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    • EDUARDO ROMERO WINS TOSHIBA CLASSIC AT NEWPORT BEACH CC

    Contacts:
    Toby Zwikel/Brian Robin/Damian Secore
    Jessica Roswell
    949/660-1001
    JRoswell@toshibaclassic.com

    EDUARDO ROMERO SEIZES CONTROL ON BACK NINE TO WIN TOSHIBA CLASSIC AT NEWPORT BEACH CC

    Tournament Presents $850,000 Check to Hoag Hospital

    NEWPORT BEACH, Calif., March 8, 2009 - Eduardo Romero proudly carries the nickname "El Gato," or "The Cat," a nickname generated by the way he stealthily tracks down and overcomes opponents on the golf course. And Sunday afternoon at Newport Beach Country Club provided the perfect template for Romero's latest cat-burglar routine.

    With defending Toshiba Classic champion Bernhard Langer and Orange County native and crowd favorite Mark O'Meara stealing attention in the final group from Romero, the native of Cordoba, Argentina made off with the 2009 Toshiba Classic Sunday.

    "I'm talking to my caddie after the ninth hole and say, ‘We have to wake up. We can win the tournament, but not like this,' " Romero said.

    So Romero woke up with a flourish, rolling in three birdies in his first three holes on the back nine and four in the first six holes. His 10th-hole wake-up call took the tournament away from the machine-like Langer (the current Charles Schwab Cup points leader and reigning Champions Tour Player of the Year) and sentimental favorite O'Meara, who was playing some of the best golf in his Champions Tour career.

    Behind a final-round 3-under-par 68 that brought him home at 11-under 202, Romero's fourth victory in his last 10 Champions Tour starts and fifth overall earned the Argentine $255,000, a Toshiba laptop computer and 255 Charles Schwab Cup points. The Toshiba Classic also doubled as Romero's 100th professional victory worldwide.

    Romero's nickname originated with his grandmother, who gave him the name because of his penchant for climbing to the top of trees. It took on another meaning when Romero started playing golf professionally and stealing tournaments out from under his opponents before they knew what happened.

    This year's Toshiba Classic fit that template perfectly. Romero began Sunday's final round one shot behind Langer and O'Meara, who promised to create a memorable final round at a tournament well-versed with incredible Sunday finishes.

    The incredible finish belonged to Romero, who opened the back nine with four consecutive ‘3s' on his card: three birdies and a par. He added a birdie on No. 15, before bogeying 18.

    By then, Langer was reduced to a mere spectator. He uncharacteristically faltered coming out of the gate, bogeying the first two holes before righting the ship with a birdie on No. 3. O'Meara, meanwhile, opened with three consecutive pars.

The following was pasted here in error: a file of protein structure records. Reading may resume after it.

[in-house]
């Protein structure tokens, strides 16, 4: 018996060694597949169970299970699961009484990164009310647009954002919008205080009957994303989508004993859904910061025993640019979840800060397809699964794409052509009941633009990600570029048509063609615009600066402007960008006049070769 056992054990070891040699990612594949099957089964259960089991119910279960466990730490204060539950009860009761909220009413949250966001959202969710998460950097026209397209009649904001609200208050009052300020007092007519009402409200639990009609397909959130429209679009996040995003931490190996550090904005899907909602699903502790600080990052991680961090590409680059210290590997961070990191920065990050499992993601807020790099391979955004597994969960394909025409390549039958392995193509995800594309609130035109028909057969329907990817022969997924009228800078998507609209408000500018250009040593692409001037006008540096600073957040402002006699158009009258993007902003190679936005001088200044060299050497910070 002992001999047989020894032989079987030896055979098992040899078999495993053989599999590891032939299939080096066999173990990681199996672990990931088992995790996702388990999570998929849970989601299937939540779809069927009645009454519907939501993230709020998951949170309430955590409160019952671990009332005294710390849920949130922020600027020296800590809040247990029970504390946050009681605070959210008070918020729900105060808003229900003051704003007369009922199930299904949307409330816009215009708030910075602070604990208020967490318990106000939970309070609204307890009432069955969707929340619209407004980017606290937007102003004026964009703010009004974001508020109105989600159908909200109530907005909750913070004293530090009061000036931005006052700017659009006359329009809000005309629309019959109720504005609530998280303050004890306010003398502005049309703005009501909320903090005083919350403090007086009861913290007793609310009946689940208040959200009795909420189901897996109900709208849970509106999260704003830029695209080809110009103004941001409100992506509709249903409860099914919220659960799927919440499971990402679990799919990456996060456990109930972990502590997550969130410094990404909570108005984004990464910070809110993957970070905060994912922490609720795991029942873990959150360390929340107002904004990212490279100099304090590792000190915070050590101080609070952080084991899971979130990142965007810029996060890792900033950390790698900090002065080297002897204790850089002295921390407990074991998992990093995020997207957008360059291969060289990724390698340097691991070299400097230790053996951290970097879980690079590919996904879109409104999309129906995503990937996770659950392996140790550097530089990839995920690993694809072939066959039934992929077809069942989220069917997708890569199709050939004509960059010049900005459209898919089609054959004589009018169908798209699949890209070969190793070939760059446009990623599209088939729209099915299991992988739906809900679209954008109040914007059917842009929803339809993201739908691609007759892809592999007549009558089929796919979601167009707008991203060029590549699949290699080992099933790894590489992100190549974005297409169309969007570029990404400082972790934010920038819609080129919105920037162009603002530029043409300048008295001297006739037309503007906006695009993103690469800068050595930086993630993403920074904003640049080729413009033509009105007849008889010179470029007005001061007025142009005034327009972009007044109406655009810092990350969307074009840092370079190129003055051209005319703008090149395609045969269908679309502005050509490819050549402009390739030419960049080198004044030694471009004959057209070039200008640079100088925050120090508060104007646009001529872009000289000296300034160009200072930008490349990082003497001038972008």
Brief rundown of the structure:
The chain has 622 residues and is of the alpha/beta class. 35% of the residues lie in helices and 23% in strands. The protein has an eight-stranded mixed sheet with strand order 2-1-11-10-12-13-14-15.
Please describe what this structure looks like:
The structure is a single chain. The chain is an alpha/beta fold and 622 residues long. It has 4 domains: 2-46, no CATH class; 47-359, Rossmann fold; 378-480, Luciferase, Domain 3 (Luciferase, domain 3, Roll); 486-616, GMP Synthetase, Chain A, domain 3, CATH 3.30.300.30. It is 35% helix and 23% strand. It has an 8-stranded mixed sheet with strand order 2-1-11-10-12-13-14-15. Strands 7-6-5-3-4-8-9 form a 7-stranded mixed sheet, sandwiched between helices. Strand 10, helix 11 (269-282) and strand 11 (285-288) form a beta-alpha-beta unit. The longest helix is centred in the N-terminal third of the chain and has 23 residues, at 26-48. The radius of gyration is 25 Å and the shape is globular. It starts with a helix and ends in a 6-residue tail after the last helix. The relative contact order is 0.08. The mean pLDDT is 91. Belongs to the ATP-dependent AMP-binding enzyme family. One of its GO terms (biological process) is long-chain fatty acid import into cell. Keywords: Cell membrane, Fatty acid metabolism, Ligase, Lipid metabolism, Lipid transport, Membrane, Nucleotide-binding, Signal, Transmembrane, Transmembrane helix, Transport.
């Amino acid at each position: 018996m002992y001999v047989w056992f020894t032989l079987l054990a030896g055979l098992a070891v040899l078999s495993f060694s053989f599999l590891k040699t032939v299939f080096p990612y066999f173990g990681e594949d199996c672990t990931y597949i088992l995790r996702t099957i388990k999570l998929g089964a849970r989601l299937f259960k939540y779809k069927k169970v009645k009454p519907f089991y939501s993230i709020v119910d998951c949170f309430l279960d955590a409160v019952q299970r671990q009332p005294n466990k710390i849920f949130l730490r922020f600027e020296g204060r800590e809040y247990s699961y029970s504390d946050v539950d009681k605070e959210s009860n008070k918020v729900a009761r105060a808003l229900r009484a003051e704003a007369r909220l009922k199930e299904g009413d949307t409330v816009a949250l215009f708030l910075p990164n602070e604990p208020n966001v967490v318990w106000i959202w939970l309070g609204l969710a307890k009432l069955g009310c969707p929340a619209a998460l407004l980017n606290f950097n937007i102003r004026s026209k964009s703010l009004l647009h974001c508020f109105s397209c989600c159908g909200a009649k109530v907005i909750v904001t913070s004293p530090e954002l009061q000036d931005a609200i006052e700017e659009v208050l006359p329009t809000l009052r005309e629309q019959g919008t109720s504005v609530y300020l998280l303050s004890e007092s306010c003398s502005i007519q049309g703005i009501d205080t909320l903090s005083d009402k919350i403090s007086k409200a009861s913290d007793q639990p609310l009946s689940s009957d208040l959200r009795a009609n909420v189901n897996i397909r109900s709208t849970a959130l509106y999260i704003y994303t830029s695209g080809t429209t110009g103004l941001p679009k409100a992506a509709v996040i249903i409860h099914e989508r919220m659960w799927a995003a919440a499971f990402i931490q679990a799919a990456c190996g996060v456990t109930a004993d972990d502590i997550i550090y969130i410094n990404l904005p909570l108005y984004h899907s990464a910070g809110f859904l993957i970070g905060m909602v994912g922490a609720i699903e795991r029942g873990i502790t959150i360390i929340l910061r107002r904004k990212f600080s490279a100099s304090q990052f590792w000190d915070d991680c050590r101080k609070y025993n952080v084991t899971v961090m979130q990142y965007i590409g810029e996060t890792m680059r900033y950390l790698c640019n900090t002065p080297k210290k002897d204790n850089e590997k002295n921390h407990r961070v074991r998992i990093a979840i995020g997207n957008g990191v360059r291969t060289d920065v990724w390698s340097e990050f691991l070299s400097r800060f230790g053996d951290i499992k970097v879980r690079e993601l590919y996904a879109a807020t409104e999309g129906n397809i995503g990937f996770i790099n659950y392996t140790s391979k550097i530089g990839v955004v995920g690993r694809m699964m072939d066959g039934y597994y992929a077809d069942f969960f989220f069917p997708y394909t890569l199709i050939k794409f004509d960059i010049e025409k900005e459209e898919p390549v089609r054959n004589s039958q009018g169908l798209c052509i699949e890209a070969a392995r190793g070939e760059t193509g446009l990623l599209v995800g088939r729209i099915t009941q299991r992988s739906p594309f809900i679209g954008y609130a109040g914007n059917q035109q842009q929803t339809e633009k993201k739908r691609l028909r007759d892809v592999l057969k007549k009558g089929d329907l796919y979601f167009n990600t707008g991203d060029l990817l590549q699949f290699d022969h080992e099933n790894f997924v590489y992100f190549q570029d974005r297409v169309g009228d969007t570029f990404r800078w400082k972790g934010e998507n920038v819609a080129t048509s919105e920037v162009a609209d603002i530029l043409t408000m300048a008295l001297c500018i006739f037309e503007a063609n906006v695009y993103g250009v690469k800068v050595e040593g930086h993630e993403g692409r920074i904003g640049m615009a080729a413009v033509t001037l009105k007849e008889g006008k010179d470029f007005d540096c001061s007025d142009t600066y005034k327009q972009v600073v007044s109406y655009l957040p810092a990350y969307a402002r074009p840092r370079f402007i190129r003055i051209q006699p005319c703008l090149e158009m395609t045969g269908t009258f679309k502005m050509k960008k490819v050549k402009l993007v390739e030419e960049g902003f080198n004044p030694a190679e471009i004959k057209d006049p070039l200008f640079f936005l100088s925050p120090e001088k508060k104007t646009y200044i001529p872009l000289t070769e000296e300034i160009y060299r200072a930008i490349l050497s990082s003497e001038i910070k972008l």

This cracked the door for Romero, who opened with two consecutive birdies to take the lead. He calmly watched as O'Meara jockeyed back into position with a birdie on No. 4, but the Mission Viejo native could never find the rhythm he carried over the first two rounds.

    O'Meara came home with a 1-under 70 and tied for second at 10-under 203 with Joey Sindelar, who carded the best round of the tournament with a final-round 8-under 63. That score brought Sindelar from a T24 to T2.

    "Any time you start getting below 4 under or 5 under you're going pick up ground," Sindelar said. "I was starting better than the middle of the pack, so 8 under I would have expected top 10 for sure, and probably around fifth. Some guys made putts yesterday they won't today. But I can tell you that for me to have this kind of round if early March, I'm thrilled to death."

    Tim Simpson, David Eger, Fred Funk, Denis Watson and Tom Jenkins all tied for fourth at 8-under 205. Langer's 2-over 73, his first over-par round at Newport Beach Country Club, dropped him into a tie for ninth with Jeff Sluman and Bobby Wadkins.

    Those were some of the golfing highlights to a week in which the Toshiba Classic - recognized as the standard for charitable contributions on the Champions Tour - raised $850,000 for charity.

    The Toshiba Classic
    Hoag Hospital Foundation produces the annual Toshiba Classic. During the last 12 years, the Toshiba Classic has raised more than $11.95 million for charity, the most on the Champions Tour. Televised to an international audience on Golf Channel, the Toshiba Classic enables millions of viewers to see some of Orange County's greatest attractions. The tournament generates an estimated $20 million in annual economic impact for the county and state. For more information, please call 949/660-1001 or log onto ToshibaClassic.com.

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